We are told (amongst other things) that the answer to the question “Should the UK remain a member of the EU or leave the EU?” meant that Britons were voting to curtail immigration to the UK from the EU (if not the rest of the world). This is strange as it is not a conclusion that can be derived from a binary choice and not all people choosing to leave would have the same motivations for their vote. In any event, the government took the vote to mean that freedom of movement to the UK from the EU must end when the UK leaves the bloc. Of course, such a position precludes full membership of the single market which all sides implied should continue irrespective of the outcome of the poll.
As the UK passes the one-year mark from the date that it leaves the bloc, the ramifications of the vote are becoming clearer in the minds of businesses, politicians and sectors of the public. One concern being raised by employers is that a future migration policy may curtail their ability to recruit sufficient staff from across the EU – a reasonable concern in the circumstances! The Migration Advisor Committee report, commissioned by the Home Secretary, Amber Rudd, suggests that EU workers are more reliable and eager than their UK counterparts (in certain industries and roles) and willing to work longer and more anti-social hours than their UK competitors, based on anecdotal evidence.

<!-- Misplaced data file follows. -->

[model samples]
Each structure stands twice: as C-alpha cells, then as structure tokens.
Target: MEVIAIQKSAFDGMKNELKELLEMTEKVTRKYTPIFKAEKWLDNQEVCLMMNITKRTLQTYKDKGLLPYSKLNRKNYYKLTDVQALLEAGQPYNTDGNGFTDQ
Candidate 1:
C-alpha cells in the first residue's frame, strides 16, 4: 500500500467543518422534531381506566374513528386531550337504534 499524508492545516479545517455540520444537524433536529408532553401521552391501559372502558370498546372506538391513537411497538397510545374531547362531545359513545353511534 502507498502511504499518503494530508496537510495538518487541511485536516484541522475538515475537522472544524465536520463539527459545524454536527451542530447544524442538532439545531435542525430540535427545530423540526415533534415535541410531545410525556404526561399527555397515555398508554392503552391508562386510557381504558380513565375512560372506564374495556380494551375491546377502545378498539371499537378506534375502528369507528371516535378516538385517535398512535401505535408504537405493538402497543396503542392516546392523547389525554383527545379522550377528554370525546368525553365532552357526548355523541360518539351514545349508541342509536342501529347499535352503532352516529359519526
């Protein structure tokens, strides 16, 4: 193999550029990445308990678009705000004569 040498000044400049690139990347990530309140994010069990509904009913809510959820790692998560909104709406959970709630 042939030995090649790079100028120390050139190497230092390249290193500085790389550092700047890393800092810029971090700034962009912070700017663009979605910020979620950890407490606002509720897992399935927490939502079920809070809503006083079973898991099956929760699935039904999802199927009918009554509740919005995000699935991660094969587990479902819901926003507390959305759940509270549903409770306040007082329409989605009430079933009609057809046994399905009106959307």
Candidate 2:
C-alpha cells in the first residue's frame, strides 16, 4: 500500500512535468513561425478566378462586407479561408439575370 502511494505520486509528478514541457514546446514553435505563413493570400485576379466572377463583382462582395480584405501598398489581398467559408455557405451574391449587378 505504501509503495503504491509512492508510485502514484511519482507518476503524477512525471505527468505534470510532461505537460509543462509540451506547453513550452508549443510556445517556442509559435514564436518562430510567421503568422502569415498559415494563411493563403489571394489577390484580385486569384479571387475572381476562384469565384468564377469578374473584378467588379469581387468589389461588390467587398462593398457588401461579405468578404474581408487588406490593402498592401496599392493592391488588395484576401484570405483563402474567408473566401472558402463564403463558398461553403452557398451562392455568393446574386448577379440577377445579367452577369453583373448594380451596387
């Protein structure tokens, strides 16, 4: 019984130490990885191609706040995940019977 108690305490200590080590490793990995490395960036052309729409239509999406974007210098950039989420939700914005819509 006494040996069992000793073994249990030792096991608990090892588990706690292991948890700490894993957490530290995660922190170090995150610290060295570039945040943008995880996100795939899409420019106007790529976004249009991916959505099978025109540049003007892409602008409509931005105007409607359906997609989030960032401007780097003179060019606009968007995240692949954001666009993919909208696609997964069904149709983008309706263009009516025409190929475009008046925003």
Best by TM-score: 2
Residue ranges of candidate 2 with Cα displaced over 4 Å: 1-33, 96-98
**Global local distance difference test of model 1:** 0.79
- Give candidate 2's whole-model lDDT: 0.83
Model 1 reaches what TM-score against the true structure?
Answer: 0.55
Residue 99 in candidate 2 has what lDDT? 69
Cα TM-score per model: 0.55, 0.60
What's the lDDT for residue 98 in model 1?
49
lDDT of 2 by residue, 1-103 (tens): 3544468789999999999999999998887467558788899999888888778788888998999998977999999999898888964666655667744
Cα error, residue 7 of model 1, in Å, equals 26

The report found that established EU migrants from established EU Member states (prior to expansion) earned 12% more than their UK counterparts, but those from newer accession states made 27% less. The report rejected claims that UK employers would be unable to recruit UK staff if they increased wages, however. It found no evidence that firms gave preference to migrant workers over British applicants, but sought to find “best fit” recruits. Whilst the report concluded that lower migration will reduce UK growth, it drew no clear conclusion on the effect this would have on living standards.